Foreign Names Lost in Japanese Translation

Foreign celebrities often have a different spelling in Japanese, changed if they have a strange or bad meaning in Japanese, which can lead to humorous or insulting situations.

In Japanese, foreign words and names are written in a writing system called katakana. Unlike most Japanese names, which use kanji characters that have intrinsic meanings, the katakana names are phonetic sounds.

Boutros Boutros-Ghali – Pickled Ginger

pickled ginger

The former UN Secretary-General is “Gaari” (???) in Japanese, sounding like the Japanese word “gari” (??), which means “pickled ginger.”

Fan Bingbing – To be hard

Fan Bingbing

Bingbing is going to star in the new Iron Man 3 film. Her name “Fan Binbin” (????????), and “binbin” (????) in Japanese means “to be hard”. Awkward.

Ralph Bakshi – Bomb Victim/Bondage Master

Ralph Bakshi

Bakshi is “Bakushi” (???) in Japanese, which means “bomb victim” or even “bondage master.” Bakshi is known for directing the animated films Fritz the Cat and Lord of the Rings.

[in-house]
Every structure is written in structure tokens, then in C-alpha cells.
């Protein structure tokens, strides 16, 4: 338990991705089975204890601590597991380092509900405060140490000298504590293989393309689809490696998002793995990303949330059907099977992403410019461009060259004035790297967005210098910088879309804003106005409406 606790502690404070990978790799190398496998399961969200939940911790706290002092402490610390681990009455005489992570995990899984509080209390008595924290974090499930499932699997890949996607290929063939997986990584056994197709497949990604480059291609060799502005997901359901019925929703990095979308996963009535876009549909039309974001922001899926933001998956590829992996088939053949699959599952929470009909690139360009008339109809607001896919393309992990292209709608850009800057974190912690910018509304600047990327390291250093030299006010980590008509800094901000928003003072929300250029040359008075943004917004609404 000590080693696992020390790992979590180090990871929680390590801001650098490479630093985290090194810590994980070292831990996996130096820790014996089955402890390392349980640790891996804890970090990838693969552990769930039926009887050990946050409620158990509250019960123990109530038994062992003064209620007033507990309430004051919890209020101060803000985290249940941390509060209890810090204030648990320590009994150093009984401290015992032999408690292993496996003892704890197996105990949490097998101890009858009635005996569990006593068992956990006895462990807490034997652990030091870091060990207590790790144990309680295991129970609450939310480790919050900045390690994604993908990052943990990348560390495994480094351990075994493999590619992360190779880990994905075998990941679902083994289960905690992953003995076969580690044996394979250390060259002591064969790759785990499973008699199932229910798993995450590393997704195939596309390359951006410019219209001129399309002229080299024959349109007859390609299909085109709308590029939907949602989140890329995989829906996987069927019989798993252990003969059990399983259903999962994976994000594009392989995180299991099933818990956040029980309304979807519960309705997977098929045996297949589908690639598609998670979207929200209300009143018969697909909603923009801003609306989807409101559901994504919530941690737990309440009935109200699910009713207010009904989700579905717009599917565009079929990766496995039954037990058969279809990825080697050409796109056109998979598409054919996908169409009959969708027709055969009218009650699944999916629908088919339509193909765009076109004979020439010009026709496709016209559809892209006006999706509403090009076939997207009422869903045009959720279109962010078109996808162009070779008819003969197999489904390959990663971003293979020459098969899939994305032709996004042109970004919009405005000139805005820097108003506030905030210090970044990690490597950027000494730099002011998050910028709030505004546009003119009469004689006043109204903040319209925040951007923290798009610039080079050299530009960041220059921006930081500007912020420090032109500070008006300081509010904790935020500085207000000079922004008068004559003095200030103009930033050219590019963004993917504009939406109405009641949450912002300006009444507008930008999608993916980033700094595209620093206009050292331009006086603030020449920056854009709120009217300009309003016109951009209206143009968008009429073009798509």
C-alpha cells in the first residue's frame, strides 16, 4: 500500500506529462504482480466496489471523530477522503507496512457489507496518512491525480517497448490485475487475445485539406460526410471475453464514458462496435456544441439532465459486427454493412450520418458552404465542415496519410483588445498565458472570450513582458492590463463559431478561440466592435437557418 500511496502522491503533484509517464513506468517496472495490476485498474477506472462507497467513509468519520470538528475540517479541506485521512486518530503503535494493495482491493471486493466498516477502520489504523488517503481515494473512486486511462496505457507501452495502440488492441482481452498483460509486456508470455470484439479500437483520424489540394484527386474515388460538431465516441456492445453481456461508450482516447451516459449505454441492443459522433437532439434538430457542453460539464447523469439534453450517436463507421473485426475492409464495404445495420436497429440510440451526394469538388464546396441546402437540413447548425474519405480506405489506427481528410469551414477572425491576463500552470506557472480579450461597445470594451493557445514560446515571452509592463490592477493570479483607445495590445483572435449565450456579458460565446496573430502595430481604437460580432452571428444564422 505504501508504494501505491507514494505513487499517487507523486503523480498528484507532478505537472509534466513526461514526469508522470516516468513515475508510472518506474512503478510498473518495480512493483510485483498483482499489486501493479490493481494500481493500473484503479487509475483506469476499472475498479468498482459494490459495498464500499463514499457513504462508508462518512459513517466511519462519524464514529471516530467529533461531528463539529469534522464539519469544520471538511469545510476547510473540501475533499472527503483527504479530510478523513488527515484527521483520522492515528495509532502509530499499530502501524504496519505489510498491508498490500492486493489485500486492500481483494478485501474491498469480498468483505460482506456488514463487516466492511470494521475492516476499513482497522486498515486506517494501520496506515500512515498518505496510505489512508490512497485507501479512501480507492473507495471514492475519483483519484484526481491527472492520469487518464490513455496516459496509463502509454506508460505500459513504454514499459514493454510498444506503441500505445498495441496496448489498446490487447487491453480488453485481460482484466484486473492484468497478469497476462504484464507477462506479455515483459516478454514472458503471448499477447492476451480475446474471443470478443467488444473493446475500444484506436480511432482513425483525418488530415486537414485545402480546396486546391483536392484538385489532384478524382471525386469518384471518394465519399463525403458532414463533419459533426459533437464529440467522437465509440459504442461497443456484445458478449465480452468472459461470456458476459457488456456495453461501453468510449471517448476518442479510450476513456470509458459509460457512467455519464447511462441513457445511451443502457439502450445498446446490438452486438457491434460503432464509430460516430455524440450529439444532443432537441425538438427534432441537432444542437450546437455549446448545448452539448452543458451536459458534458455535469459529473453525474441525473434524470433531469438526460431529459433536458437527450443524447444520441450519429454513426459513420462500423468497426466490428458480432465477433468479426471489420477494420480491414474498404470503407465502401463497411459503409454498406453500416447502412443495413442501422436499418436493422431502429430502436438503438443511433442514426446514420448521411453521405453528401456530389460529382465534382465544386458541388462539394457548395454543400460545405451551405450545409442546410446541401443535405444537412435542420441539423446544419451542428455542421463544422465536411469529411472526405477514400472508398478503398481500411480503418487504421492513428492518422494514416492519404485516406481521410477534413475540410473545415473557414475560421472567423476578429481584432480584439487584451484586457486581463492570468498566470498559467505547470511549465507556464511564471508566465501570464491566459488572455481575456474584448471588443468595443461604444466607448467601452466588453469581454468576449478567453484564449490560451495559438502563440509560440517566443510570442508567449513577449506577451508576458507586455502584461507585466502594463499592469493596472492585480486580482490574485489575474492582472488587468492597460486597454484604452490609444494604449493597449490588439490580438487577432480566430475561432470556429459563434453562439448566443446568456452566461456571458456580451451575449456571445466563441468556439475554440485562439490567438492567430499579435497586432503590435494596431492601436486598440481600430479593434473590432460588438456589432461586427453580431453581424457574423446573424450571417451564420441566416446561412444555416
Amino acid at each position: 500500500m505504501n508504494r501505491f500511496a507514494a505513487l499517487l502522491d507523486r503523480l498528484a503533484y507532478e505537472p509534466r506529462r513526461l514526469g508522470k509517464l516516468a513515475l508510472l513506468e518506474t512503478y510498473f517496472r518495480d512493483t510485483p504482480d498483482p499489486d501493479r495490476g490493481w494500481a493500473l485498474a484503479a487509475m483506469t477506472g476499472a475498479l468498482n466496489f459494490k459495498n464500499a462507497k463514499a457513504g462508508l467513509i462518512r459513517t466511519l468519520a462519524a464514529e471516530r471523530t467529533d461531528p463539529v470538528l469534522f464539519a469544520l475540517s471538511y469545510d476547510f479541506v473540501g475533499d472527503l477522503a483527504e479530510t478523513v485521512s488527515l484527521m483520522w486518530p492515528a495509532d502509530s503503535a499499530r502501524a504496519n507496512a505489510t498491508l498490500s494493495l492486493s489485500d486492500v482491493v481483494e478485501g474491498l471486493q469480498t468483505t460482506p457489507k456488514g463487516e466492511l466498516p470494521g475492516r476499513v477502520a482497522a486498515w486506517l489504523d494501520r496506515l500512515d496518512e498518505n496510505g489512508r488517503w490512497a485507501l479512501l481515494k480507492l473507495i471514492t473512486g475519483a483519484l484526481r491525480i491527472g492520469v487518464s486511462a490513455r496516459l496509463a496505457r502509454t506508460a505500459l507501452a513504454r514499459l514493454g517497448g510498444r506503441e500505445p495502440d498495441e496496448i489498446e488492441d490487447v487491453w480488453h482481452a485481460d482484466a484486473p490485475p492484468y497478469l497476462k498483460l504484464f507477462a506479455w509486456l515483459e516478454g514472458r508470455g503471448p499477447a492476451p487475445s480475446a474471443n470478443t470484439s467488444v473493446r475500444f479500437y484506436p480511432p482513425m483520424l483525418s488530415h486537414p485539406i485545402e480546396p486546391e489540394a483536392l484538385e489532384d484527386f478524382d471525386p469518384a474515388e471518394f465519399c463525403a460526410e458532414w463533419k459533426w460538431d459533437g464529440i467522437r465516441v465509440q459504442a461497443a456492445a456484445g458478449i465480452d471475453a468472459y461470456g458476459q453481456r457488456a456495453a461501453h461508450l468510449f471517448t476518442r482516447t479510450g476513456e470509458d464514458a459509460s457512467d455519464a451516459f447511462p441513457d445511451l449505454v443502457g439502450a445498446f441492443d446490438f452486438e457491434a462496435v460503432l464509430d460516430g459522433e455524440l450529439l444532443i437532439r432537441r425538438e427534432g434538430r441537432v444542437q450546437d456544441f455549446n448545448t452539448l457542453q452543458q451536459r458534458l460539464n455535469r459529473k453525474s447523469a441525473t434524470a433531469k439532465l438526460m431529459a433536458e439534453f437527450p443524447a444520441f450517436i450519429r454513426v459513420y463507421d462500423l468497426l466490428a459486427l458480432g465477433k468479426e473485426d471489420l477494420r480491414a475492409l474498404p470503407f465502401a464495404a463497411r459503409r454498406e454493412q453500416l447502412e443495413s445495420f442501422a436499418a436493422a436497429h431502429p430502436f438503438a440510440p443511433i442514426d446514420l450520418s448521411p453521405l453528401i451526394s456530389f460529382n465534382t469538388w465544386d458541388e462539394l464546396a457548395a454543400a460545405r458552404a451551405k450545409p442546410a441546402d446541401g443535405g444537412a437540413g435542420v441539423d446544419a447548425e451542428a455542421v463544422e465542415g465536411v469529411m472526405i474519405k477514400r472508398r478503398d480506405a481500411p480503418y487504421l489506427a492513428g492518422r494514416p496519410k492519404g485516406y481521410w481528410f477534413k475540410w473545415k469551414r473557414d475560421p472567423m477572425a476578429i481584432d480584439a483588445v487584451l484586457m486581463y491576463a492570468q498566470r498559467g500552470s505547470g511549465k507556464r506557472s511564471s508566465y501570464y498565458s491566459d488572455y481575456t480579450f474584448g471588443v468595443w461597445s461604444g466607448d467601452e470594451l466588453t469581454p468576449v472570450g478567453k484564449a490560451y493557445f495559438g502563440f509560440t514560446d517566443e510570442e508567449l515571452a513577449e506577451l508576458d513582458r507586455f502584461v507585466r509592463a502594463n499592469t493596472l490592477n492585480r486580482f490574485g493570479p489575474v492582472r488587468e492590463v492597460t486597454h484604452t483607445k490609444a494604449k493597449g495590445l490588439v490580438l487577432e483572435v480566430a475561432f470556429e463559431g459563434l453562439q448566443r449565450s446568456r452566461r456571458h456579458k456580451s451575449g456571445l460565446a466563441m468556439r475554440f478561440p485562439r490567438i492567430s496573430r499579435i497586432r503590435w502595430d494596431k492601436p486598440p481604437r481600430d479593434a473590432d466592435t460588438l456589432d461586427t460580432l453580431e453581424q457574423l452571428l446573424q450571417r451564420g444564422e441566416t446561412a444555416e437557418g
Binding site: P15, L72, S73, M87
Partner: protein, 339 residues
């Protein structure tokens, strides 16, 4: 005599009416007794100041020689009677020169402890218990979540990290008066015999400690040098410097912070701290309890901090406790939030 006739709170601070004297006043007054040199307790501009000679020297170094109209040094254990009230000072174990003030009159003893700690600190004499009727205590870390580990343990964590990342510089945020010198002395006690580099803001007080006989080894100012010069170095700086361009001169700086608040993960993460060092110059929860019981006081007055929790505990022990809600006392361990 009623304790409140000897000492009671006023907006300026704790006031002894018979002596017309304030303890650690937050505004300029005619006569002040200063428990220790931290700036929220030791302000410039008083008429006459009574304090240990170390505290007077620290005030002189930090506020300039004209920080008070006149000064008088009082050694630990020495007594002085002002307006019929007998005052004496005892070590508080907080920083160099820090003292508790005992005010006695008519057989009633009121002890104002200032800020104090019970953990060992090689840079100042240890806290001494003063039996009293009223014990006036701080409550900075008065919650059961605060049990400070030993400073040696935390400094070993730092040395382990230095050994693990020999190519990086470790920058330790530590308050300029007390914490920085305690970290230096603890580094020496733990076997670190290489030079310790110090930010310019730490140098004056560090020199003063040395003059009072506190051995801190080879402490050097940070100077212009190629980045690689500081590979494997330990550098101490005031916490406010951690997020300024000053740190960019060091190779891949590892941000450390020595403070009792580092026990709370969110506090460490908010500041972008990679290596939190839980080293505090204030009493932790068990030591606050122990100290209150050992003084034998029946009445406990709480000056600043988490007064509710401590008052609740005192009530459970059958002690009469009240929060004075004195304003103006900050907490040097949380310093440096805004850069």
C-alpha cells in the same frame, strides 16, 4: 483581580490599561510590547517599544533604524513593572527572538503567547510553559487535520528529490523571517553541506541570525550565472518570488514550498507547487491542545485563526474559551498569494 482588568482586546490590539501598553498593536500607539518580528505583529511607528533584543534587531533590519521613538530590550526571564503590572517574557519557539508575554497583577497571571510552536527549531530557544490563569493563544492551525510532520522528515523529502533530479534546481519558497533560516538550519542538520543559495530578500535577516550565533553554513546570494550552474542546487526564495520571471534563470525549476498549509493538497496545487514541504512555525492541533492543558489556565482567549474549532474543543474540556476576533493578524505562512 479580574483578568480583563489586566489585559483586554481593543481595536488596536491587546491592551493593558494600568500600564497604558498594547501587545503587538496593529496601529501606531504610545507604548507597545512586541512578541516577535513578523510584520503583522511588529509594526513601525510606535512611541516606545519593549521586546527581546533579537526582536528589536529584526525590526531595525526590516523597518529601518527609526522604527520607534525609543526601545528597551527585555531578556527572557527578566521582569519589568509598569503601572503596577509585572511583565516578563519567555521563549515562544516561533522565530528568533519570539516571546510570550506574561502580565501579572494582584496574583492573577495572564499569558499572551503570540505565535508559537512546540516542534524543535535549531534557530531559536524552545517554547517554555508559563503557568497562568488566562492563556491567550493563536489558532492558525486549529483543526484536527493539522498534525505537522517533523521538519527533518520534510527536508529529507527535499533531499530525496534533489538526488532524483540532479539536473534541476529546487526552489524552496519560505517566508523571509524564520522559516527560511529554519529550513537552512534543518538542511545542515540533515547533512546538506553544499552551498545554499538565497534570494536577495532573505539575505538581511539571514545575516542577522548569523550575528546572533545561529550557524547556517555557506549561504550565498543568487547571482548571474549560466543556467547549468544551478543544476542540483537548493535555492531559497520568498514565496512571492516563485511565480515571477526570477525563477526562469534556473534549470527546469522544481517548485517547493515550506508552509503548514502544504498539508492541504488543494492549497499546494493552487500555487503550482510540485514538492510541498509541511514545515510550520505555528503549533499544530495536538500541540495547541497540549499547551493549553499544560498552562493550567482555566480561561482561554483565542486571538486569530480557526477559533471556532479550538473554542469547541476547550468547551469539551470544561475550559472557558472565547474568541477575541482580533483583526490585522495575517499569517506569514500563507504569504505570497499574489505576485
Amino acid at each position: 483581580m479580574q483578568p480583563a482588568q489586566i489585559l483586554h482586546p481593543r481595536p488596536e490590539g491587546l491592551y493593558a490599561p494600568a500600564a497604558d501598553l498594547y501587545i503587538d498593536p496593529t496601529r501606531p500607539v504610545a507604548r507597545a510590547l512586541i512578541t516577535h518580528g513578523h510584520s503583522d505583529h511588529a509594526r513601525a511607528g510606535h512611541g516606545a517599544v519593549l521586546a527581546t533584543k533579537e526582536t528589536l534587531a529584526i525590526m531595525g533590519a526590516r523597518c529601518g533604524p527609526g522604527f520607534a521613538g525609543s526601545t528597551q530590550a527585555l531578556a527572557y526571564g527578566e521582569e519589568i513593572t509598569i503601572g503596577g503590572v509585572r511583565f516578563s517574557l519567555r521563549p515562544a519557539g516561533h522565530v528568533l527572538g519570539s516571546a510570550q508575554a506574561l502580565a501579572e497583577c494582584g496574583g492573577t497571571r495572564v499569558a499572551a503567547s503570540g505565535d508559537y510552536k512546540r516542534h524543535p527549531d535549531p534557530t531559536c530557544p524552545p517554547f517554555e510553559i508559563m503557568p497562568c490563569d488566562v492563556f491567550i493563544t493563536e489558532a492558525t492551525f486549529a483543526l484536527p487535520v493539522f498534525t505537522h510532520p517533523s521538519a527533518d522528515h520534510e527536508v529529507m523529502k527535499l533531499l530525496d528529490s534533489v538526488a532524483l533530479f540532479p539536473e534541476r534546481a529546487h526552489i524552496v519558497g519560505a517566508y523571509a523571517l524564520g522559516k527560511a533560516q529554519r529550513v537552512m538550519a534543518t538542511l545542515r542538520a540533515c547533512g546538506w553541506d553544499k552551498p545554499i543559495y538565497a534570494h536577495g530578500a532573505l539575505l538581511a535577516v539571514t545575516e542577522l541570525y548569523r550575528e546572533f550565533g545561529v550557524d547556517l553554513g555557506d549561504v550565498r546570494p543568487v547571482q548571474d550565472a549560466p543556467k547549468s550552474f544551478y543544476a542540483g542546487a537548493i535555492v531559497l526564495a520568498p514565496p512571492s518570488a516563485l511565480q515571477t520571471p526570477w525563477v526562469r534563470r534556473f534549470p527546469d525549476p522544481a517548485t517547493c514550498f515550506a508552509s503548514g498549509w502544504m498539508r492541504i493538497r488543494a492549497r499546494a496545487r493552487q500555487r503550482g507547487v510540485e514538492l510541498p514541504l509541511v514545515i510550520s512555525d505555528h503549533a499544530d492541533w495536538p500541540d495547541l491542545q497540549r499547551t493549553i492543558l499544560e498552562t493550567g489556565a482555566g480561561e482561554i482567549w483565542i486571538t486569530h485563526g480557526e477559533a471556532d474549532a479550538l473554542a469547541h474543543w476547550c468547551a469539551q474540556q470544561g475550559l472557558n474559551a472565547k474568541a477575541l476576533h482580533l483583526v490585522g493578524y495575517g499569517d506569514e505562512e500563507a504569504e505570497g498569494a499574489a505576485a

Qusay Hussein – Stinky Fraud


The son of the former Iraqi dictator is actually written as “Kusai Fusein” (????????), which means “Stinky Fraud”. Without the “n” at the end the meaning takes a shift to “injustice”, “fraud”, or “dishonest” as well as “correction” or “irregular”, depending on the kanji character.

Uma Thurman – Horse

Uma Thurman

In Japanese, “uma” can mean “horse”. That’s probably why the actress’s name in Japanese is actually “Yuma” (??). Her last name, Thurman, is “Saaman” (????), which does sound similar to “salmon” (????).

For other cool stuff about Japan, check out Japanese Skyline Created with 1.8 Million LEGOs or Star Wars Set in Feudal Japan Yoda Japan.

Via: Kotaku